You've read on this blog and in the bulletin about the Tirrell Equalizing Gas Machine which was in the basement of the church. This turn of the 20th century invention converted liquid gasoline to gas which was then piped into the home for illumination, heating or cooking. There are a few ads for the mechanism for sale on ebay, but suprisingly enough, no one seemed to want the actual piece of equipment.

Today, there was just a tiny devil discovered under the church, actually two. A battered, empty container of "Hellite Refractory Cement" which was manufactured by Johns Manville for setting brick which would be exposed to high temperatures around furnaces, boilers, etc.  has two devils on its label.  The dried residue in the can does appear to be pink, just as the product literature from Johns Manville describes. They are the same Johns Manville company of asbestos fame, although there doesn't appear to be any asbestos listed on the manufacturing sheet, as was so proudly proclaimed for many of their products.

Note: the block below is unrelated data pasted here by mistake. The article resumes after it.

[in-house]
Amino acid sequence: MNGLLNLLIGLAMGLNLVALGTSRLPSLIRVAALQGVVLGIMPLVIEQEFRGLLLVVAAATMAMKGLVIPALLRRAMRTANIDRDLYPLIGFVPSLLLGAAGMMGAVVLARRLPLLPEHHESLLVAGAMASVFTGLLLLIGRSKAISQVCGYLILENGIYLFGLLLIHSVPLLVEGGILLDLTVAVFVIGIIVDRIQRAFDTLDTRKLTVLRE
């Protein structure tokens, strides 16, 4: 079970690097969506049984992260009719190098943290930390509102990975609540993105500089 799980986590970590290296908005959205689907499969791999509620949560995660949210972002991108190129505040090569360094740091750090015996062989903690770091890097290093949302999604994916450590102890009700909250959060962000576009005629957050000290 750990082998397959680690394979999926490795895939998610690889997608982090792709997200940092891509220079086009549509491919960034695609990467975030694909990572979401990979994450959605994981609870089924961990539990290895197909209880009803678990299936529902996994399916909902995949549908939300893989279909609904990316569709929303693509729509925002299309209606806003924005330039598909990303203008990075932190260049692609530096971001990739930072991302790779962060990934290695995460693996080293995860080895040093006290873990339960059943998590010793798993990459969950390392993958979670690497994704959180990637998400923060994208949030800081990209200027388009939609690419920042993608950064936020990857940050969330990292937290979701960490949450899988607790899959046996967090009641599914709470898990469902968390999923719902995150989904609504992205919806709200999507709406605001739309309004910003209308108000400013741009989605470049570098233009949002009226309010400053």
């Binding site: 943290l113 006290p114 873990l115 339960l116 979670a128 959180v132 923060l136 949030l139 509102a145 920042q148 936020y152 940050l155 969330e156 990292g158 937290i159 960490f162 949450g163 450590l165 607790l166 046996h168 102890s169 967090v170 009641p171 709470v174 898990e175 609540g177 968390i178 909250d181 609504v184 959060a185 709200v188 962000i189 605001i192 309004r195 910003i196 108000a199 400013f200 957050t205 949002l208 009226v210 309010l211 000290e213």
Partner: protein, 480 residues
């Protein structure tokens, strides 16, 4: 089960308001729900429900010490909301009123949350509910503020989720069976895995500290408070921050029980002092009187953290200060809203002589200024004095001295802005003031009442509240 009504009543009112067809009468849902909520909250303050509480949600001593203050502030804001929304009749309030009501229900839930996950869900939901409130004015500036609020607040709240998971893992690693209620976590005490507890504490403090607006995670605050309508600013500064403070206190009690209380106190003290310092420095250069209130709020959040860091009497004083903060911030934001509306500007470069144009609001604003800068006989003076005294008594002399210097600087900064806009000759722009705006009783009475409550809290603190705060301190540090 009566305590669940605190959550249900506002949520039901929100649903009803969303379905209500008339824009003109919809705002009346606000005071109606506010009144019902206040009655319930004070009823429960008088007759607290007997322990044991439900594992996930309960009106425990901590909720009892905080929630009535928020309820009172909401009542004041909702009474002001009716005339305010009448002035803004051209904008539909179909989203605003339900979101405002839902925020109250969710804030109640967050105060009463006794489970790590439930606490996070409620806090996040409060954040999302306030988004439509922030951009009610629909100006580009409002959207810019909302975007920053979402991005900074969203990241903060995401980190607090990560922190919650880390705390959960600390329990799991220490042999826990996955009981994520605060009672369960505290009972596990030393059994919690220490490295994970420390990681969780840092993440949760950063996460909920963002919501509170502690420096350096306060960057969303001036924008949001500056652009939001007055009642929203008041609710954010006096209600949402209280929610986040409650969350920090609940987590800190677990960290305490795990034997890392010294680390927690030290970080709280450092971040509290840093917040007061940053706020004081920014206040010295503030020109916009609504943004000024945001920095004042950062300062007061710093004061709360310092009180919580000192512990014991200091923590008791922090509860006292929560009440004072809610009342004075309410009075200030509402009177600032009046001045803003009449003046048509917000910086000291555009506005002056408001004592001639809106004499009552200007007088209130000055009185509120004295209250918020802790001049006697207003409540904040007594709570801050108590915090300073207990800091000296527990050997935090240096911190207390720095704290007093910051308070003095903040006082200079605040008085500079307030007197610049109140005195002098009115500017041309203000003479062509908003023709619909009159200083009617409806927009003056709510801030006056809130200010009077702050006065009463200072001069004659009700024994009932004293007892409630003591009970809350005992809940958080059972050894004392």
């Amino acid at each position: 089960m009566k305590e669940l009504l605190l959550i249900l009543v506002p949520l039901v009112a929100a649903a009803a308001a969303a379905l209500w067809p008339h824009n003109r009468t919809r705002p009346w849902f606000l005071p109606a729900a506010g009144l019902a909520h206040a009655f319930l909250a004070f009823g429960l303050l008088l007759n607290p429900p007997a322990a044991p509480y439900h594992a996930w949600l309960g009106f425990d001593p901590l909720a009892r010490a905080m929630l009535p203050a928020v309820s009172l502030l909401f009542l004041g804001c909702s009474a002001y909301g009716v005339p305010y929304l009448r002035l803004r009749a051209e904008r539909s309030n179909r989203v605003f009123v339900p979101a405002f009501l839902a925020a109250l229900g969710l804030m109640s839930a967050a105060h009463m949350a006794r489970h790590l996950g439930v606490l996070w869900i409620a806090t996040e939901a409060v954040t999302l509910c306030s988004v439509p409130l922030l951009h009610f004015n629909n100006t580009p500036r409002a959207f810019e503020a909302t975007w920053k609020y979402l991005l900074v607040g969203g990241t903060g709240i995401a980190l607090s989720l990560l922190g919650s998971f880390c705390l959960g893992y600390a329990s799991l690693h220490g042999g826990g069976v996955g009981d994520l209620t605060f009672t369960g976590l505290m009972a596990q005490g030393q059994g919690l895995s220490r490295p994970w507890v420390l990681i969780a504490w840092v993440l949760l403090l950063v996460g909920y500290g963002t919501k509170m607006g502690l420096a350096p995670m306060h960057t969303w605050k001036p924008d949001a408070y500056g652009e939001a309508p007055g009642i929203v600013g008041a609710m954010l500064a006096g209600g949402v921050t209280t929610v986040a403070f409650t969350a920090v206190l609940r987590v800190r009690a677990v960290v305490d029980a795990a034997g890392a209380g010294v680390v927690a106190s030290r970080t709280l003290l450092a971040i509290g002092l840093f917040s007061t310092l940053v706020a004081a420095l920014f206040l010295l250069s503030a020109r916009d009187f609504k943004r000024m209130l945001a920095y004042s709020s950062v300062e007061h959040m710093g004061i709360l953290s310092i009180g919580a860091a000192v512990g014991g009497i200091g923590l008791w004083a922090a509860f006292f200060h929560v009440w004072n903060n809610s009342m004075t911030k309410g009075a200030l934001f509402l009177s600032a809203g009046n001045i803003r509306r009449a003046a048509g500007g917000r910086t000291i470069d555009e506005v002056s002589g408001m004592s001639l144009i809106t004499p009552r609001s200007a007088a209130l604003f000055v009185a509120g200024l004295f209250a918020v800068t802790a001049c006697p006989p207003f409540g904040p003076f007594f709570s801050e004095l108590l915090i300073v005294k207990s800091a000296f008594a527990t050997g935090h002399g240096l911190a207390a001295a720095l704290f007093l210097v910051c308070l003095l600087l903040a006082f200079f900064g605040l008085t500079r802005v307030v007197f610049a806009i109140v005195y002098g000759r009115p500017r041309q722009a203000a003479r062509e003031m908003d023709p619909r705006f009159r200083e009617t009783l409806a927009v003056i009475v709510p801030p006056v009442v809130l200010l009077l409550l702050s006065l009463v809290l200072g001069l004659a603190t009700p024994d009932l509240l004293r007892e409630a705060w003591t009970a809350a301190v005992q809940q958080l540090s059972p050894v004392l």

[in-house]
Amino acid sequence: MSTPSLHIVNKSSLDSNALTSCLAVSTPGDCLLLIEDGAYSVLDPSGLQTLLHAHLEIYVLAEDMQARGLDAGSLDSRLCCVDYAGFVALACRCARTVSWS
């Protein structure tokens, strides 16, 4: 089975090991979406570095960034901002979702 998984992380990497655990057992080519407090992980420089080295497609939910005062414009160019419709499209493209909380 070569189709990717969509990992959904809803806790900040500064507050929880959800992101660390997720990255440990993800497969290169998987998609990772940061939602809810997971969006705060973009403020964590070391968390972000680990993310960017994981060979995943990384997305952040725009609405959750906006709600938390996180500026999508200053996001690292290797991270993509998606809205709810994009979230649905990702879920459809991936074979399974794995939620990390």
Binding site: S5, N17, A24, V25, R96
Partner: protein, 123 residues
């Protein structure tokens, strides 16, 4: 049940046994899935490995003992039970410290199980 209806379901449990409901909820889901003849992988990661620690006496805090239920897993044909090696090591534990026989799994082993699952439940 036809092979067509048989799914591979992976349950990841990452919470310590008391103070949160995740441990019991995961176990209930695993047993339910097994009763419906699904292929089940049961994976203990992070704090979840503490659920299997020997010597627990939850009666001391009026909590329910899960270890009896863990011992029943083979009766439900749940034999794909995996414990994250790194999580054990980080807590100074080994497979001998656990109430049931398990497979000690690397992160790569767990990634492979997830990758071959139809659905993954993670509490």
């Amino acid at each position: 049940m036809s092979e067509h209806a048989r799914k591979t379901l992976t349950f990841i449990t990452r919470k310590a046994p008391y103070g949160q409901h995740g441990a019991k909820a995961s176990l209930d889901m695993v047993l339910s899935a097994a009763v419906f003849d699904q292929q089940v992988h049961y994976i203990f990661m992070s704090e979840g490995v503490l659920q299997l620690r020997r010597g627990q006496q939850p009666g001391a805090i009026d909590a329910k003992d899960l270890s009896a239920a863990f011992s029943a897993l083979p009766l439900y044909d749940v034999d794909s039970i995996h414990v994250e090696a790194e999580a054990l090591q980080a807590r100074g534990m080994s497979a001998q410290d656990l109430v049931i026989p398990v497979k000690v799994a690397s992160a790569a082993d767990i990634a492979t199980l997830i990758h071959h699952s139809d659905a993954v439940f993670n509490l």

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One of the Little Devils on the "Hellite" Can

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Old JM Logo with hyphenated spelling and partially visible "Hellite"

 

 

 

 

 

 

 

 

 

 

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Battered Can with Dried Pink Cement and Very Cool Wooden Handle

 


When I first looked at the can, I thought the logo might be the precursor to the Red Devil trademark, but that is an entirely different company which has never had an association with Johns Manville that I could find. Just the pink color and the "Hellite" name around fire conjured up the devil for this specific label. You never know what you might find.